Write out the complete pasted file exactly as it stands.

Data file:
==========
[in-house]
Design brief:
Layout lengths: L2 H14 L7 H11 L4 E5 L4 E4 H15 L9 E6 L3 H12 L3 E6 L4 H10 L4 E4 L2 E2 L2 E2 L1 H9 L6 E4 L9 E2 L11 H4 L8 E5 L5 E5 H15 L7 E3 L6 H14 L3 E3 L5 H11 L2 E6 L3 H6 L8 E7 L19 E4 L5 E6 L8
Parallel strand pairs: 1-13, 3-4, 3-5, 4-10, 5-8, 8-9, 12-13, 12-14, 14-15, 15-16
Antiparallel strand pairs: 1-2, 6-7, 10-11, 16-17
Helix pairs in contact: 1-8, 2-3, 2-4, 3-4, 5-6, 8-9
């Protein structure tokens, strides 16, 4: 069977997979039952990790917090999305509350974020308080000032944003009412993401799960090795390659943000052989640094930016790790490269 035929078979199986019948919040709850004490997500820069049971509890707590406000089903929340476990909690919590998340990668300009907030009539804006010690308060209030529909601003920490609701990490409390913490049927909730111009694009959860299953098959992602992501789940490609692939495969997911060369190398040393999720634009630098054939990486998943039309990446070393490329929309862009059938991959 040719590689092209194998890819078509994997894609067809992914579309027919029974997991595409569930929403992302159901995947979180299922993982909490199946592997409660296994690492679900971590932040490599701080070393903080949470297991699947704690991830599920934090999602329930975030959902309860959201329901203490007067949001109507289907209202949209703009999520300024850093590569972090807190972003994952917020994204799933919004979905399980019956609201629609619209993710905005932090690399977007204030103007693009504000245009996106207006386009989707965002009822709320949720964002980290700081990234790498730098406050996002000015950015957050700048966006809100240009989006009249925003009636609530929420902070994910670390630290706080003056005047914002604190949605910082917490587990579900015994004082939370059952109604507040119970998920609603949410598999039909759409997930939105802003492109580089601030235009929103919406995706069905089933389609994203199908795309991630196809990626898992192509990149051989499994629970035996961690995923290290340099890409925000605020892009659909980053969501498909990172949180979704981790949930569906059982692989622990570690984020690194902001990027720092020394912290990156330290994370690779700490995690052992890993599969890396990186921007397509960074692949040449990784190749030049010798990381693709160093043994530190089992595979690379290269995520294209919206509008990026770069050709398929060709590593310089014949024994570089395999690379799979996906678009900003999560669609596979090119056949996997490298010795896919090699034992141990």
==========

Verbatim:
[in-house]
Design brief:
Layout lengths: L2 H14 L7 H11 L4 E5 L4 E4 H15 L9 E6 L3 H12 L3 E6 L4 H10 L4 E4 L2 E2 L2 E2 L1 H9 L6 E4 L9 E2 L11 H4 L8 E5 L5 E5 H15 L7 E3 L6 H14 L3 E3 L5 H11 L2 E6 L3 H6 L8 E7 L19 E4 L5 E6 L8
Parallel strand pairs: 1-13, 3-4, 3-5, 4-10, 5-8, 8-9, 12-13, 12-14, 14-15, 15-16
Antiparallel strand pairs: 1-2, 6-7, 10-11, 16-17
Helix pairs in contact: 1-8, 2-3, 2-4, 3-4, 5-6, 8-9
């Protein structure tokens, strides 16, 4: 069977997979039952990790917090999305509350974020308080000032944003009412993401799960090795390659943000052989640094930016790790490269 035929078979199986019948919040709850004490997500820069049971509890707590406000089903929340476990909690919590998340990668300009907030009539804006010690308060209030529909601003920490609701990490409390913490049927909730111009694009959860299953098959992602992501789940490609692939495969997911060369190398040393999720634009630098054939990486998943039309990446070393490329929309862009059938991959 040719590689092209194998890819078509994997894609067809992914579309027919029974997991595409569930929403992302159901995947979180299922993982909490199946592997409660296994690492679900971590932040490599701080070393903080949470297991699947704690991830599920934090999602329930975030959902309860959201329901203490007067949001109507289907209202949209703009999520300024850093590569972090807190972003994952917020994204799933919004979905399980019956609201629609619209993710905005932090690399977007204030103007693009504000245009996106207006386009989707965002009822709320949720964002980290700081990234790498730098406050996002000015950015957050700048966006809100240009989006009249925003009636609530929420902070994910670390630290706080003056005047914002604190949605910082917490587990579900015994004082939370059952109604507040119970998920609603949410598999039909759409997930939105802003492109580089601030235009929103919406995706069905089933389609994203199908795309991630196809990626898992192509990149051989499994629970035996961690995923290290340099890409925000605020892009659909980053969501498909990172949180979704981790949930569906059982692989622990570690984020690194902001990027720092020394912290990156330290994370690779700490995690052992890993599969890396990186921007397509960074692949040449990784190749030049010798990381693709160093043994530190089992595979690379290269995520294209919206509008990026770069050709398929060709590593310089014949024994570089395999690379799979996906678009900003999560669609596979090119056949996997490298010795896919090699034992141990």